Introduction to Volume
Volumes of a Cube and a Cuboid
Abhinav’s mother gives him a container, asking him to go to the neighbouring milk booth and buy 2.5 L of milk. What does ‘2.5 L’represent? It represents the amount of milk that Abhinav needs to buy. In other words, it is the volume of milk that is to be bought.
After buying the milk, Abhinav notices that the container is full up to its brim. He says to himself, ‘This container has no capacity to hold any more milk.’ What does the word ‘capacity’ indicate? The space occupied by a substance is called its volume. The capacity of a container is the volume of a substance that can fill the container completely. In this case, the volume and the capacity of the container are the same. The standard units which are used to measure the volume are cm3 (cubic centimetre) and m3 (cubic metre).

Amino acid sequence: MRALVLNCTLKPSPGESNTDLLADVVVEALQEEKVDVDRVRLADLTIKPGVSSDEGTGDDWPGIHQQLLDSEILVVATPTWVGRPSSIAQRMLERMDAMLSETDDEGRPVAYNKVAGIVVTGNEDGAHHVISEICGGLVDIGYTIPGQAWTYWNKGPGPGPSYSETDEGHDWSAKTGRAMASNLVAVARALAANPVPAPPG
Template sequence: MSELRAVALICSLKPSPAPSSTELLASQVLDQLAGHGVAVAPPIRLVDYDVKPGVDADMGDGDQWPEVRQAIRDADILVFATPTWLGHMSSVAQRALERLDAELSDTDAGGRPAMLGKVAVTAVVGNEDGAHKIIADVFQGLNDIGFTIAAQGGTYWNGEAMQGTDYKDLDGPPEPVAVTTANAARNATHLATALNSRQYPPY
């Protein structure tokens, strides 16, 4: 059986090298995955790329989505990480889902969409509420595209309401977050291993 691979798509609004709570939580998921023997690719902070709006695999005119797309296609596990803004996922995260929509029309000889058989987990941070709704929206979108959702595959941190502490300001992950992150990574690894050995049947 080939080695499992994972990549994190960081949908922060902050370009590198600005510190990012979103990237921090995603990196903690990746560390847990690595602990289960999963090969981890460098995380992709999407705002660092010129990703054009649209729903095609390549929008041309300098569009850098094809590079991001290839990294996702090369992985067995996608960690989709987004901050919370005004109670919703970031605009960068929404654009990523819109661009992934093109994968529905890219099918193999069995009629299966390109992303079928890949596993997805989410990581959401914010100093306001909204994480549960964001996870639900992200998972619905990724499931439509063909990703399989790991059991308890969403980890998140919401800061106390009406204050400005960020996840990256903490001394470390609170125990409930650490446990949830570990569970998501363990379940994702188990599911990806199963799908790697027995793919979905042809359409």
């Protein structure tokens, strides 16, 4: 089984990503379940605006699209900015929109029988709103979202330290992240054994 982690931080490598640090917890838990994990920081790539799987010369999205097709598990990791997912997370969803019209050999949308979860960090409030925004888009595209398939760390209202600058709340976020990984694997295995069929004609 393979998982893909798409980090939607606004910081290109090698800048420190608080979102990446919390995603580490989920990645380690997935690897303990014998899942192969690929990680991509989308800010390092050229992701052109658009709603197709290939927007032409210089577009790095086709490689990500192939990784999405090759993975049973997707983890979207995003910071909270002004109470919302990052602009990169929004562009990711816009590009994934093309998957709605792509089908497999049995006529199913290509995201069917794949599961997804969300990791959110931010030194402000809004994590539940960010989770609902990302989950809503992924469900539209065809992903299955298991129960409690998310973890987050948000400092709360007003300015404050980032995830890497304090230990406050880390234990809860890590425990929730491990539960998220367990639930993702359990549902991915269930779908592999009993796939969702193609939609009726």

In this lesson, we will learn the formulae for the volumes or capacities of cubic and cuboidal objects. We will also solve examples using these formulae.
A cube is one among the five platonic solids. This means that it is a regular and convex polyhedron with the same number of faces meeting at each vertex.
Formulae for the Volumes of a Cube and a Cuboid
Consider a cube with an edge a.
The formula for th…
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